Washington, D.C. °©- U.S. Citizenship and Immigration Services (USCIS) announced today that it has received a sufficient number of H-1B petitions to meet the congressionally mandated cap for fiscal year 2007 (FY 2007). The “final receipt date” for H-1B petitions subject to the FY 2007 annual cap was May 26, 2006. Affected H-1B petitions received on that date will be subject to the random selection process described below. H-1B petitions subject to the FY 2007 annual cap that are received by USCIS after the “final receipt date” will be rejected. Additional information regarding the specific number of H-1B petitions processed is available at: www.uscis.gov/graphics/services/tempbenefits/cap.htm .
Cap and Set Asides : Congress has established an annual fiscal year limitation of 65,000 on the number of available H-1B visas, commonly referred to as the “H-1B cap.” Under the terms of the legislation implementing the United States-Chile and United States-Singapore Free Trade Agreements, 6,800 of the 65,000 available H-1B visas are annually set aside for the Chile/Singapore H-1B1 program. As a result of reserving 6,800 H-1B1 visas for FY 2007, the H-1B cap for that fiscal year is 58,200. However, USCIS has added back to the H-1B cap 6,100 unused FY 2006 H-1B1 visas, for a total of 64,300, as described below.
Unused Chile/Singapore visa numbers for a particular fiscal year are to be used within the first 45 days of the next fiscal year. As FY 2007 H-1B petitions are approved for start dates beginning no earlier than the first day of fiscal year 2007 and reasonable anticipated usage of approved H-1B petitions for any 45-day period exceeds 8,000, USCIS has incorporated its reasonable projection based on H-1B1 usage to date that 700 H-1B1 visa numbers will be used in FY 2006 into the FY 2007 H-1B cap count by adding the remaining 6,100 unused H-1B1 visas back into that count, resulting in a total cap of 64,300 FY 2007 H-1B visas approvable. Because unused H-1B1 visas for FY 2006 have been already allocated in this manner, there will be no additional later H-1B filing season to use these visas. The 6,800 visas reserved from the FY 2007 H-1B count for FY 2007 H-1B1 purposes are anticipated to be handled in a similar manner with respect to the FY 2008 H-1B cap count during calendar year 2007. This allocation of FY 2006 H-1B1 visas based upon reasonable projections of usage to the end of the fiscal year will not affect the availability of H-1B1 visas in any way; they will continue to be fully available, with any year-end difference between actual and projected usage expected to be minimal.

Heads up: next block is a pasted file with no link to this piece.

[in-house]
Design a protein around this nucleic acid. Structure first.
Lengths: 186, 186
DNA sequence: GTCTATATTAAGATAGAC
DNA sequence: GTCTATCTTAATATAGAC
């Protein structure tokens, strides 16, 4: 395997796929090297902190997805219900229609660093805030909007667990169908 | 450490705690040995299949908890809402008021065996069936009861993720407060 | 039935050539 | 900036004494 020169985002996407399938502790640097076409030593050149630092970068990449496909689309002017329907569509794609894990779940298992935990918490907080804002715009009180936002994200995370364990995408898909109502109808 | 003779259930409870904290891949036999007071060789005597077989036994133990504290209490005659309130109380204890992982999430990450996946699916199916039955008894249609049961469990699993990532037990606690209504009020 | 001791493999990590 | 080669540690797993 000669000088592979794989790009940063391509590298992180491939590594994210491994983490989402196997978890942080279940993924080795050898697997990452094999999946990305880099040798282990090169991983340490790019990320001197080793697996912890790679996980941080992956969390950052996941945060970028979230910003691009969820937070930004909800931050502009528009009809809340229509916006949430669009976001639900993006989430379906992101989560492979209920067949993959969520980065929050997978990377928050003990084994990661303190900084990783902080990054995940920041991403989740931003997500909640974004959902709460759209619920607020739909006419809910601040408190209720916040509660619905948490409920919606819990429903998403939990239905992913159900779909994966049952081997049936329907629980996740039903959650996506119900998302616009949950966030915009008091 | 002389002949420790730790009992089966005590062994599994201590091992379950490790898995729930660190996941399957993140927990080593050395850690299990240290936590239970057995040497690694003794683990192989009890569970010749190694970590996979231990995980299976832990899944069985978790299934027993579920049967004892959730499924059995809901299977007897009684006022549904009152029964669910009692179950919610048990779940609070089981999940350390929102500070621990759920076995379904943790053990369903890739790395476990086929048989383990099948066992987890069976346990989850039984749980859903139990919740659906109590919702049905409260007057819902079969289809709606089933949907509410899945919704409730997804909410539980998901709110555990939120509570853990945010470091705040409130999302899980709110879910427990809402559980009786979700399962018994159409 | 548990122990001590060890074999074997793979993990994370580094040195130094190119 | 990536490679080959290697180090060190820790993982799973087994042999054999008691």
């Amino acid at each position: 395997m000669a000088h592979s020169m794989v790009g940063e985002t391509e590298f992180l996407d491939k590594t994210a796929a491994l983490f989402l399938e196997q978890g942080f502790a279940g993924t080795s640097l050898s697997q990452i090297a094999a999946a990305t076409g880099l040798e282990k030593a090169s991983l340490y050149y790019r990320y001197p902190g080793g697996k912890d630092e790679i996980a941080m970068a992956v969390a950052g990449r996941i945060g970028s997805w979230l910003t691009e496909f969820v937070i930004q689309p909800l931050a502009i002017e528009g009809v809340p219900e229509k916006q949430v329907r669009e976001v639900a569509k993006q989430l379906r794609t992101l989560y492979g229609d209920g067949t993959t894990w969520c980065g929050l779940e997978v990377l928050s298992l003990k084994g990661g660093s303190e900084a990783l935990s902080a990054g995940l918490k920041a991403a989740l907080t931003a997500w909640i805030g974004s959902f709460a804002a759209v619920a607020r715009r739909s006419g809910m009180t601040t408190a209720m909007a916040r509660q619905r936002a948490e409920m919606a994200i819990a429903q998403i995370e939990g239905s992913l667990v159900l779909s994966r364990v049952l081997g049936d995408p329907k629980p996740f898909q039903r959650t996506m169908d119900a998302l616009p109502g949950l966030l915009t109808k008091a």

Cap Procedures : In accordance with the procedures announced in the Federal Register at 70 FR 23775 (May 5, 2005) (Allocation of Additional H-1B Visas Created by the H-1B Visa Reform Act of 2004) USCIS has implemented the following process for handling H-1B petitions subject to the FY 2007 cap:
• USCIS closely monitored FY 2007 H-1B filings and used projections to determine the date on which it received the number of petitions necessary to reach the Congressionally mandated cap.
• USCIS determined that the Congressionally mandated cap had been exceeded on May 26, 2006, the “final receipt date.”
• USCIS will subject H-1B petitions received on the “final receipt date” to a computer-generated random selection process. This process will enable USCIS to apply the remaining number of available H-1B visas to petitions received on that day.
• Cap subject H-1B petitions that are not randomly selected in the process described above will be rejected and returned along with the filing fee(s).
• Petitioners may re-submit the petitions when H-1B visas become available for FY 2008.
• The earliest date for which a petitioner may file a petition requesting FY 2008 H-1B employment with an employment start date of October 1, 2007, is April 1, 2007.
Current H-1B Workers : Petitions filed on behalf of current H-1B workers do not count towards the Congressionally mandated H-1B cap. Accordingly, USCIS will continue to process petitions filed to:
• Extend the amount of time a current H-1B worker may remain in the United States.
• Change the terms of employment for current H-1B workers.
• Allow current H-1B workers to change employers.
• Allow current H-1B workers to work concurrently in a second H-1B position.
Cap-Exempt Petitions : As directed by the H-1B Visa Reform Act of 2004, the first 20,000 H-1B petitions filed on behalf of aliens with U.S.-earned masters’ or higher degrees will be exempt from any fiscal year cap on available H-1B visas. For FY 2007, USCIS has received approximately 5,830 exempt petitions.
USCIS also notes that petitions for new H-1B employment are exempt from the annual cap if the aliens will be employed at institutions of higher education or a related or affiliated nonprofit entities, or at nonprofit research organizations or governmental research organizations. Thus, petitions for these exempt H-1B categories may be filed for work dates starting in FY 2006 or 2007.
H-1B in General: U.S. businesses utilize the H-1B program to employ foreign workers in specialty occupations that require theoretical or technical expertise in specialized fields, such as scientists, engineers, or computer programmers. As part of the H-1B program, the Department of Homeland Security (DHS) and the Department of Labor (DOL) require U.S. employers to meet specific labor conditions to ensure that American workers are not adversely impacted, while the DOL’s Wage and Hour Division safeguards the treatment and compensation of H-1B workers.